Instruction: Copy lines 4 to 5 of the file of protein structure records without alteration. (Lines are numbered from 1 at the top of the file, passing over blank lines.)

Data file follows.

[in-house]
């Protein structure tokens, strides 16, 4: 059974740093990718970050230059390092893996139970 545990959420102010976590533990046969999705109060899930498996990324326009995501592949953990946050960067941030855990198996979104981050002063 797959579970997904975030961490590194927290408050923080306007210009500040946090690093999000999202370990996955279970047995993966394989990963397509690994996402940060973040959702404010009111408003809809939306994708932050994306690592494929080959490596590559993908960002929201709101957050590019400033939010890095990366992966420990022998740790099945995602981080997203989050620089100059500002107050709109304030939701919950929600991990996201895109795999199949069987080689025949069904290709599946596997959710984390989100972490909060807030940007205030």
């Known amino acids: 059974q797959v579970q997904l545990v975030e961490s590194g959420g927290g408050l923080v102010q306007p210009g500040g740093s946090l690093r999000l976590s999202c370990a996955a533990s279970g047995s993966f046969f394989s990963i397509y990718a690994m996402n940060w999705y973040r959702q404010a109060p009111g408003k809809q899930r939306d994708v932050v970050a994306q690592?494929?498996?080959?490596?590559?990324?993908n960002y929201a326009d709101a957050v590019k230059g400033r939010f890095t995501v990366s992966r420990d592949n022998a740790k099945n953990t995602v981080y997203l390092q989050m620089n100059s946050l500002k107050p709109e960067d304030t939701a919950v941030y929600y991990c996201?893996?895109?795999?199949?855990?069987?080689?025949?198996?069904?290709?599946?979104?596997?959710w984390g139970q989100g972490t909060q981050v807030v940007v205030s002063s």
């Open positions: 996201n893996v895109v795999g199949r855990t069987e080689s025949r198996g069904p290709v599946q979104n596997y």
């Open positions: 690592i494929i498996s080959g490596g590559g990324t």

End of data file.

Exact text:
């Open positions: 996201n893996v895109v795999g199949r855990t069987e080689s025949r198996g069904p290709v599946q979104n596997y």
């Open positions: 690592i494929i498996s080959g490596g590559g990324t």